A Tall Ship Tale #9: Crimean Punishment

From the continuing saga by Paul de Anguera, The next chapter.

Captain Quid and the First Mate were sharing a bottle of Grand Fenwick 1897 in the Captain’s cabin. Beyond the stern windows the grim crags of Transylvania were receding; watching them do so was a pleasure and a relief. So was the rocking motion of the water; for, although the H.M.S. Legume could now fly, they had decided to cross the Black Sea in the usual way.

“The Brotherhood has requested that we put them ashore on the Crimean peninsula,” the First Mate said. “That is where their high priests meet every year. Since we are headed that way anyhow, I told them we would do it.”

“Aye?” said the Captain.

“Yes, it’s highly irregular for a King’s ship to cater to passengers. But I have my own reason for agreeing with them.” He paused, but the Captain merely looked at him expectantly. “That is,” he continued in a way Anne should approve, “there is a saboteur on the ship — very likely an agent of the Tsar’s secret police who has penetrated the Brotherhood. He mangled the spanner in Moscow. He has had no opportunity to disembark. So, a criminal remains here among us — and could strike again at any time!”

“Aye,” said the Captain, reaching for the bottle. The First Mate took this to mean that the Captain agreed and was not simply announcing the bottle’s destination.

“I knew you’d see it too sir. This is our best chance to flush the criminal out!”

A low, thick fog closed about the ship as it sailed eastward. Since the new recruit, Emma Talligeist, was familiar with the area, the First Mate sent her aloft to pilot the ship. As he had hoped, she reported that the upper main mast was above the fog.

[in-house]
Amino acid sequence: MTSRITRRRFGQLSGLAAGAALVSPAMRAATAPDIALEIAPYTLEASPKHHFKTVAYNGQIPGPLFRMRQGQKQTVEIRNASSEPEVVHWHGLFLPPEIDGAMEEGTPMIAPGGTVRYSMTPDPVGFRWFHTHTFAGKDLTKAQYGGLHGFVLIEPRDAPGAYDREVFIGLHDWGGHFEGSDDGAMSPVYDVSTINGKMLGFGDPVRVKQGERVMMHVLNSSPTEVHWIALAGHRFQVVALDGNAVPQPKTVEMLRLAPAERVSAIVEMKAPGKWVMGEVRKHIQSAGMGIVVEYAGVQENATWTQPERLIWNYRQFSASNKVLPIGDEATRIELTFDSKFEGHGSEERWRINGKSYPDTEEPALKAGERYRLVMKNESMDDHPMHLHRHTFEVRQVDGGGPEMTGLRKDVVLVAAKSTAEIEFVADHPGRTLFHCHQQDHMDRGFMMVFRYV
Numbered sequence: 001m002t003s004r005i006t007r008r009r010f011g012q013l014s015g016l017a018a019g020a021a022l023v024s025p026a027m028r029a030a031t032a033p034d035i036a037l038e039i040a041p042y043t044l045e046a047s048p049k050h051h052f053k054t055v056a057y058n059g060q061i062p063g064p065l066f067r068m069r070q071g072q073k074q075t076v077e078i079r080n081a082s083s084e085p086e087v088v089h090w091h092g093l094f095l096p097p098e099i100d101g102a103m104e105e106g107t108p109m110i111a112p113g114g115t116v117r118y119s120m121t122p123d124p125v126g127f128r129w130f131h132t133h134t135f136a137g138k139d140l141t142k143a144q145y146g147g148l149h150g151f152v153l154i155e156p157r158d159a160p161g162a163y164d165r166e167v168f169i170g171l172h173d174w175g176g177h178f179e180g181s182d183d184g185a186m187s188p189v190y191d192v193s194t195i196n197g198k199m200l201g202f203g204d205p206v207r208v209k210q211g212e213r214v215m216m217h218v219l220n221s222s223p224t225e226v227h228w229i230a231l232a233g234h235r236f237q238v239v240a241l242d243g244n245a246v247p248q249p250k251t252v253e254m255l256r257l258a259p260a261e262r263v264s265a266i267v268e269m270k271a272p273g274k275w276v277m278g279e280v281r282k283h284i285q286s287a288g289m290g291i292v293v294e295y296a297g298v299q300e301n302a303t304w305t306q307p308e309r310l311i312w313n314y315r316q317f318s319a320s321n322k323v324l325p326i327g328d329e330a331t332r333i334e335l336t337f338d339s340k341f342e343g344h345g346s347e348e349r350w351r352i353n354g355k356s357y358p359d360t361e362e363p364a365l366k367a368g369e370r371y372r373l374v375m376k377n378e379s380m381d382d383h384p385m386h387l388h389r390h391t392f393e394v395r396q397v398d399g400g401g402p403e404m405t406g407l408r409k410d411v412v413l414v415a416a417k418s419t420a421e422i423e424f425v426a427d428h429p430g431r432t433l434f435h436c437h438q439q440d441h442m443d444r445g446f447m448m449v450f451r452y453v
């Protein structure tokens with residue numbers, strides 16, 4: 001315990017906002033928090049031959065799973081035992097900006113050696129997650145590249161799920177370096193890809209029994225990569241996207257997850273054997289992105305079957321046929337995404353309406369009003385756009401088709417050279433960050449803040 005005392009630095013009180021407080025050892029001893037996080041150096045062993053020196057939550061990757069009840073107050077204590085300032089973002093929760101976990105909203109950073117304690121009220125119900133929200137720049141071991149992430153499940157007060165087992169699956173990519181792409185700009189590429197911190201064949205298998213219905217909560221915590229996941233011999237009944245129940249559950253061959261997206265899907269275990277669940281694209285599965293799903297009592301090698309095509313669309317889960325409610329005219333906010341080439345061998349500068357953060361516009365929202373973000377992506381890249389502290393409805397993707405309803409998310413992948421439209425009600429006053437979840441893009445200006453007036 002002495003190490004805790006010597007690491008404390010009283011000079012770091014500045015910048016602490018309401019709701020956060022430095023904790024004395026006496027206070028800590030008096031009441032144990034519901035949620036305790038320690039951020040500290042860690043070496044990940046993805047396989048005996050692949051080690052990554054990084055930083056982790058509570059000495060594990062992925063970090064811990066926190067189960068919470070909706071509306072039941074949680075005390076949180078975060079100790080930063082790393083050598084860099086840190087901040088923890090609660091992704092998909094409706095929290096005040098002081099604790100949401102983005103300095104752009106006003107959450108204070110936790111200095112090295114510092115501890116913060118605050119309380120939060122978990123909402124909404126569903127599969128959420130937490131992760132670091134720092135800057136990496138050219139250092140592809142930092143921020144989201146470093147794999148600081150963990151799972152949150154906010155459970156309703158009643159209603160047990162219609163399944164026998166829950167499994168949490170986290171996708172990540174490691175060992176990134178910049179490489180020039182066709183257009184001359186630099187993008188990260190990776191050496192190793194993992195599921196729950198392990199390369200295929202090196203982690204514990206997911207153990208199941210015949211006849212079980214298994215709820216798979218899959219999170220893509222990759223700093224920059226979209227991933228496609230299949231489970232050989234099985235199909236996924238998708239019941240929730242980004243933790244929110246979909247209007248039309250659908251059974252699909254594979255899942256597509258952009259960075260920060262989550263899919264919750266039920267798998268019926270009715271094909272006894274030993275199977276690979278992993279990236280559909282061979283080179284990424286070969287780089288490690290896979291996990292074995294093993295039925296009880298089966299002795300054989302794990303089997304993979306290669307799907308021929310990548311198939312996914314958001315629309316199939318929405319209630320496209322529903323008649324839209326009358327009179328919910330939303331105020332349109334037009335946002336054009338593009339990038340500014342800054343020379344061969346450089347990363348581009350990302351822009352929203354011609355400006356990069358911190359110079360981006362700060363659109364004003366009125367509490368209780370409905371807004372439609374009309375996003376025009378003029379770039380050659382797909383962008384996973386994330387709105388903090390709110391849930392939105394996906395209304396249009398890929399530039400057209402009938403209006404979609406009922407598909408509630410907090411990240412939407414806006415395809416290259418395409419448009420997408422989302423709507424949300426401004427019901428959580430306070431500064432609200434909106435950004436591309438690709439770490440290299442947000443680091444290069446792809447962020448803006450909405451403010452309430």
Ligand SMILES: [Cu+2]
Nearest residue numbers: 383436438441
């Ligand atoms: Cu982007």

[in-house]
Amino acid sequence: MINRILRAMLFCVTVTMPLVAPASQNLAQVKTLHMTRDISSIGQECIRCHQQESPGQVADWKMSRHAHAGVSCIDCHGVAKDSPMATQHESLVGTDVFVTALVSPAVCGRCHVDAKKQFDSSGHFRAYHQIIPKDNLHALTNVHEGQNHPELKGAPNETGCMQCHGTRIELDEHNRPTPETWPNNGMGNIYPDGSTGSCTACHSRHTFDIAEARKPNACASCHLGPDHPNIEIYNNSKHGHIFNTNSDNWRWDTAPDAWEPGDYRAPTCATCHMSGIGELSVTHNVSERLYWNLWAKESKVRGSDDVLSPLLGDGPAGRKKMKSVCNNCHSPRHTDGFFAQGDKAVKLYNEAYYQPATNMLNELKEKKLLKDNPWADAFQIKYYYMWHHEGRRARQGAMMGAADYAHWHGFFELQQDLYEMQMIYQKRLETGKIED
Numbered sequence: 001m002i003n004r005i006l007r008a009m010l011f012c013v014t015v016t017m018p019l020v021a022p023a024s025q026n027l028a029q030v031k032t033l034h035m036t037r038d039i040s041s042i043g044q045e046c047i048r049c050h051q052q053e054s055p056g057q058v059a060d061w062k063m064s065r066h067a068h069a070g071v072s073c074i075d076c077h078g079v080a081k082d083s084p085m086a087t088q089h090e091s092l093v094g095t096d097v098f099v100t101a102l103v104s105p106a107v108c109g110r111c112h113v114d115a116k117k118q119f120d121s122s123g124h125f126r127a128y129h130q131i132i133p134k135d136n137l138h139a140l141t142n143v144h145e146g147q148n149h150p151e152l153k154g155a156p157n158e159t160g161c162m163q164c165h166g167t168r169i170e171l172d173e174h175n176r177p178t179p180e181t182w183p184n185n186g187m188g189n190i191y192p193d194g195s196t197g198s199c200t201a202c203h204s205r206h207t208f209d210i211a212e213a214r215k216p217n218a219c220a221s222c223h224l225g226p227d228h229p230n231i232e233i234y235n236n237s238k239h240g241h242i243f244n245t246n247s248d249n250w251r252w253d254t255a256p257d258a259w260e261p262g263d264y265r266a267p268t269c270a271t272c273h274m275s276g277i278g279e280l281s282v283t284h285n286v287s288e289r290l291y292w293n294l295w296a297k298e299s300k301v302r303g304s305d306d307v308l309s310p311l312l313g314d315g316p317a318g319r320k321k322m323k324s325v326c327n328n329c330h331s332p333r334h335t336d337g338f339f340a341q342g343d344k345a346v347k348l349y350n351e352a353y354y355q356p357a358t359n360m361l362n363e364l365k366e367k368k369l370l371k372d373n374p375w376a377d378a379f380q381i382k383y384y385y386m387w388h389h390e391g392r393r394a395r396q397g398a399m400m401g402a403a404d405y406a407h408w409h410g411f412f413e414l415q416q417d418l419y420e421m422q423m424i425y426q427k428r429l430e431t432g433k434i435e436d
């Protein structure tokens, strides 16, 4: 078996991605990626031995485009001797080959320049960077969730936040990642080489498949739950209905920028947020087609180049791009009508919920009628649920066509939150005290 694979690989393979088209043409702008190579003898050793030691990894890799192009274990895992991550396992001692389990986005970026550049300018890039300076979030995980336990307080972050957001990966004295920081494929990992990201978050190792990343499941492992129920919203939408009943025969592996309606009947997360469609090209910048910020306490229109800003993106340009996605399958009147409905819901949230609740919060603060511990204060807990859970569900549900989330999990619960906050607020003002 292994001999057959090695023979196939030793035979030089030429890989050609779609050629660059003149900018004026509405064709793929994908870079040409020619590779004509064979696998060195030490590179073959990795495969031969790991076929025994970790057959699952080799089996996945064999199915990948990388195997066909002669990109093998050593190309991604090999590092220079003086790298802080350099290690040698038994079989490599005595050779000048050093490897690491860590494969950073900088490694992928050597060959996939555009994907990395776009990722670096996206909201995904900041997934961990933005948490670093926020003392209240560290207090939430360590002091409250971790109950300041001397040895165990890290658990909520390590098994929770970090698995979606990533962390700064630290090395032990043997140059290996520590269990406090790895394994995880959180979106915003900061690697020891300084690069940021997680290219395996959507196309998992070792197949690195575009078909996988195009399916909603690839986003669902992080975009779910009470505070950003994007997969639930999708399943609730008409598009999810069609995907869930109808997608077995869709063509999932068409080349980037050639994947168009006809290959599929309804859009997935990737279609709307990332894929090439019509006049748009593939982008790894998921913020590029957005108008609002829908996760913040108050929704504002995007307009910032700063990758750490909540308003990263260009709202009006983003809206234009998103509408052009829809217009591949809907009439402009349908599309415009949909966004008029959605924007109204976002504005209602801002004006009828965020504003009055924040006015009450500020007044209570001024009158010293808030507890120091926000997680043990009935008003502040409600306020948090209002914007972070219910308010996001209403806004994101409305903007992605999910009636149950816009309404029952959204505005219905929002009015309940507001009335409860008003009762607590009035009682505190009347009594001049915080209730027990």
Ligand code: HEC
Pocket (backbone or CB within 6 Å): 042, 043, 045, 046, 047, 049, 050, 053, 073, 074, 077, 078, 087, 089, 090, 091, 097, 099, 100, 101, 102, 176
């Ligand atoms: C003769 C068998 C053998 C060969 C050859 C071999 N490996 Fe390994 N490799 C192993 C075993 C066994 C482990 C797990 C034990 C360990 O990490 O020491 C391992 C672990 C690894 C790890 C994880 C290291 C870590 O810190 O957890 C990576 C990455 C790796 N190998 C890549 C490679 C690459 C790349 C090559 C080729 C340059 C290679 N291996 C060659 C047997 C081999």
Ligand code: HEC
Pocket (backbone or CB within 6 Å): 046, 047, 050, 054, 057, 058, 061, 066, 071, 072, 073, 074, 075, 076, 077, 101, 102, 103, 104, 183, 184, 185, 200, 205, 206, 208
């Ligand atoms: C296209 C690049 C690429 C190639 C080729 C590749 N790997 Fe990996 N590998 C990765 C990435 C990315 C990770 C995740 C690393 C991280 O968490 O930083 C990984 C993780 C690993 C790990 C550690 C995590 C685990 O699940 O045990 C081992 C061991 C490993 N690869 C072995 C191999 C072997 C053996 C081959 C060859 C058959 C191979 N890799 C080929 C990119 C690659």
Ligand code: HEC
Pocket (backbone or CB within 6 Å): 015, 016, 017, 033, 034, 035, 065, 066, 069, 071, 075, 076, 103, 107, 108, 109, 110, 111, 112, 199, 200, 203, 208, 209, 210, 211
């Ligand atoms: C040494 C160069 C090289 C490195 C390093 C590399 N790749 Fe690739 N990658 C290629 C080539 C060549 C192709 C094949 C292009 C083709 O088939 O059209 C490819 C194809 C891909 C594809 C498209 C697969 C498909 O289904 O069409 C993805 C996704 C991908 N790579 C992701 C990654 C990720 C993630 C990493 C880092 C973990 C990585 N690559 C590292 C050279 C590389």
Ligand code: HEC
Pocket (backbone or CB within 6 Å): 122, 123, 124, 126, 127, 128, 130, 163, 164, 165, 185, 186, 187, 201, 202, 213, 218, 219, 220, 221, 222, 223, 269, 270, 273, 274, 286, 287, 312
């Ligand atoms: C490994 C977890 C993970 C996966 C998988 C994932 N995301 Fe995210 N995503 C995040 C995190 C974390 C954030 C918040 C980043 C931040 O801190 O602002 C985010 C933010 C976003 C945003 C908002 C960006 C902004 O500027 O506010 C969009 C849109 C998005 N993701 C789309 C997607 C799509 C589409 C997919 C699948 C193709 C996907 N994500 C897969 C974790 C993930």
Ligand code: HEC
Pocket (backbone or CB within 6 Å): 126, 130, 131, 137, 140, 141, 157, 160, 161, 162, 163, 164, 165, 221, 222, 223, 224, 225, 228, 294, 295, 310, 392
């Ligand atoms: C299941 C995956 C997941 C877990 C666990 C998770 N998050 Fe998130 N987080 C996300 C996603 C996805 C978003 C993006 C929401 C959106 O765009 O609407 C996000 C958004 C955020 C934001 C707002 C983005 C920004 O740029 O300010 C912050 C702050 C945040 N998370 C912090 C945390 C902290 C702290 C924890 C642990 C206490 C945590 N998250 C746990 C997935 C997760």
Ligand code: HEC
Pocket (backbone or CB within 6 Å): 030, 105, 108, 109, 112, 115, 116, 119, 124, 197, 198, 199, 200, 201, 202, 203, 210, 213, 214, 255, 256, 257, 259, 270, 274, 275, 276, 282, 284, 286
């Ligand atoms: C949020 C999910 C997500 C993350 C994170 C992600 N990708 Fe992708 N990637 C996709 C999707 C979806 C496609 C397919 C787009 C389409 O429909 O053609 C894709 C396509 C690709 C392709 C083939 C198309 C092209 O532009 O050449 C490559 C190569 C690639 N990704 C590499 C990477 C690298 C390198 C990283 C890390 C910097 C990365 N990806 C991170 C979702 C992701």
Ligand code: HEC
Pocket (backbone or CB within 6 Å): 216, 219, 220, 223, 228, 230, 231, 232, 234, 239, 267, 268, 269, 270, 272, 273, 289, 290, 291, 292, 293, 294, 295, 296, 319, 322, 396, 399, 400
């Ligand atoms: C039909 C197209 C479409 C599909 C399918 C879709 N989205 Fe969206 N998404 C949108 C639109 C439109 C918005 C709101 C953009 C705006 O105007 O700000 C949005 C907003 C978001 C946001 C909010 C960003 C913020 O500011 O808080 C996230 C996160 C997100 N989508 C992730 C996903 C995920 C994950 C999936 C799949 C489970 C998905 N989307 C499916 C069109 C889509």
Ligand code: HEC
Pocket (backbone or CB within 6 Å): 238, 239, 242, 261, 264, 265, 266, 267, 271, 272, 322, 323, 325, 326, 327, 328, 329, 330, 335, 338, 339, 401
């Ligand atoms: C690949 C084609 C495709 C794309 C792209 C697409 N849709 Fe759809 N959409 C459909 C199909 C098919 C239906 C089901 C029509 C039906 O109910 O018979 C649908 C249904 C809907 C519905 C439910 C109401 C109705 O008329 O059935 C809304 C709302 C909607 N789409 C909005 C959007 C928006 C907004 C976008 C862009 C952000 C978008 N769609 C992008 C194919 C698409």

“What do you see?” He called from the deck.

“Krym!” she replied.

“I’ll send a clean-up detail to the crow’s nest later,” he noted. “Now, what do you see?”


“Yes, I suppose you could describe the Black Sea as a vast pool. Nice poetic imagery. But, what do you see?”

“Yalta — look out!”

“I ought to look out? That’s your job! Boatswain, write that woman up for insubordination!” But at this point the steersman, who had been listening more carefully, yanked the flying lever. On the hull, shutters drew back from a portrait of James G. Watt, so repulsing the earth that it flew away just in time for the ship to clear the Yalta breakwater. After a few close encounters of the bird kind in the city’s fog-bound streets, the crew dropped anchor in an ornamental garden near the meeting place.

While the Brotherhood’s priests descended a rope ladder to make their way to the meeting, the First Mate and Ian Vilcorus the blacksmith quietly slid down the anchor cable. They crept behind a hedge from which they had a clear view of the ladder. Half an hour after the priests had gone, a lone hooded figure slunk down the ladder and started off after them. The two sailors lost no time in tackling him (so to speak), using the opportunity to employ their most elaborate and decorative knots.

“How did you know?’ the bound man gasped. The First Mate grinned a nasty grin and replied:

“The criminal always returns to the synod of Crimea!”

Howell Gwin asked, “Wasn’t that one of Julie London’s big hits? Crimea River?”

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